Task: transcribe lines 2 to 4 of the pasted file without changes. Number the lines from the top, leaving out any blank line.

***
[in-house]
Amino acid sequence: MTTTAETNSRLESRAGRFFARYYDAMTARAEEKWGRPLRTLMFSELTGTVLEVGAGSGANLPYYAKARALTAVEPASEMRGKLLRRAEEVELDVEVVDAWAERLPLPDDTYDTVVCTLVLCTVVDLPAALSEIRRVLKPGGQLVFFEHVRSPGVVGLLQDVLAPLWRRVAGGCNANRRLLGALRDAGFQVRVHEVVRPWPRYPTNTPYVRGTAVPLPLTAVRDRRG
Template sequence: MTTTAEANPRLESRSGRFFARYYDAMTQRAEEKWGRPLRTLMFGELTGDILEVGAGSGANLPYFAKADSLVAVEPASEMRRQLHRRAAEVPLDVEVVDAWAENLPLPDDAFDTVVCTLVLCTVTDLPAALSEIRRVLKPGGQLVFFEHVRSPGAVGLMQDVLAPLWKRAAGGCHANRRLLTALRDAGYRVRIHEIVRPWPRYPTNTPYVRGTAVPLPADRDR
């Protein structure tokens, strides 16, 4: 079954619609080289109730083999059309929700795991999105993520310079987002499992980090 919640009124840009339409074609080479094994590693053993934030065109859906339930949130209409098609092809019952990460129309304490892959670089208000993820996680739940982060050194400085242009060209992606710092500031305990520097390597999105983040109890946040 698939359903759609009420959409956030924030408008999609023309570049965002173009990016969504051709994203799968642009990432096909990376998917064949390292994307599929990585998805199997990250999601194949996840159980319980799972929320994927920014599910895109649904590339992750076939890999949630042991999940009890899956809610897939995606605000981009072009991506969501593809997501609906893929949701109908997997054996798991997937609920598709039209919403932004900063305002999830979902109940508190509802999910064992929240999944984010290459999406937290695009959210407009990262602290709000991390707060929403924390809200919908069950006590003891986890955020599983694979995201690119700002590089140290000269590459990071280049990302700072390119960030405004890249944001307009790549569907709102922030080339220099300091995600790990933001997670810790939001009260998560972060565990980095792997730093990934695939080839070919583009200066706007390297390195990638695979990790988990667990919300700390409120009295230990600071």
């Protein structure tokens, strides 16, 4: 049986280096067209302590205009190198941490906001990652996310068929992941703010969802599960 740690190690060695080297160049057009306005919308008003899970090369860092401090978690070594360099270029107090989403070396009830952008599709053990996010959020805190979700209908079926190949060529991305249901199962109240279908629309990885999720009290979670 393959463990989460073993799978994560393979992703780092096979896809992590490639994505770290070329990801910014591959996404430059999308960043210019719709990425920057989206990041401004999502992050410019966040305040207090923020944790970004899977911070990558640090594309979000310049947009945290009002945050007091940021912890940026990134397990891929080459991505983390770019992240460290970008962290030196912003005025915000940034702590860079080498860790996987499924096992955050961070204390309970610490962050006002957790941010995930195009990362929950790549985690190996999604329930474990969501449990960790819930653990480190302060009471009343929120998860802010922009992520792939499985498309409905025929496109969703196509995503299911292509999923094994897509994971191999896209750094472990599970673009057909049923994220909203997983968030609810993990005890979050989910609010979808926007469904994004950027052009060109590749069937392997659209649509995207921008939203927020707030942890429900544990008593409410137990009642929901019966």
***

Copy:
Amino acid sequence: MTTTAETNSRLESRAGRFFARYYDAMTARAEEKWGRPLRTLMFSELTGTVLEVGAGSGANLPYYAKARALTAVEPASEMRGKLLRRAEEVELDVEVVDAWAERLPLPDDTYDTVVCTLVLCTVVDLPAALSEIRRVLKPGGQLVFFEHVRSPGVVGLLQDVLAPLWRRVAGGCNANRRLLGALRDAGFQVRVHEVVRPWPRYPTNTPYVRGTAVPLPLTAVRDRRG
Template sequence: MTTTAEANPRLESRSGRFFARYYDAMTQRAEEKWGRPLRTLMFGELTGDILEVGAGSGANLPYFAKADSLVAVEPASEMRRQLHRRAAEVPLDVEVVDAWAENLPLPDDAFDTVVCTLVLCTVTDLPAALSEIRRVLKPGGQLVFFEHVRSPGAVGLMQDVLAPLWKRAAGGCHANRRLLTALRDAGYRVRIHEIVRPWPRYPTNTPYVRGTAVPLPADRDR
């Protein structure tokens, strides 16, 4: 079954619609080289109730083999059309929700795991999105993520310079987002499992980090 919640009124840009339409074609080479094994590693053993934030065109859906339930949130209409098609092809019952990460129309304490892959670089208000993820996680739940982060050194400085242009060209992606710092500031305990520097390597999105983040109890946040 698939359903759609009420959409956030924030408008999609023309570049965002173009990016969504051709994203799968642009990432096909990376998917064949390292994307599929990585998805199997990250999601194949996840159980319980799972929320994927920014599910895109649904590339992750076939890999949630042991999940009890899956809610897939995606605000981009072009991506969501593809997501609906893929949701109908997997054996798991997937609920598709039209919403932004900063305002999830979902109940508190509802999910064992929240999944984010290459999406937290695009959210407009990262602290709000991390707060929403924390809200919908069950006590003891986890955020599983694979995201690119700002590089140290000269590459990071280049990302700072390119960030405004890249944001307009790549569907709102922030080339220099300091995600790990933001997670810790939001009260998560972060565990980095792997730093990934695939080839070919583009200066706007390297390195990638695979990790988990667990919300700390409120009295230990600071």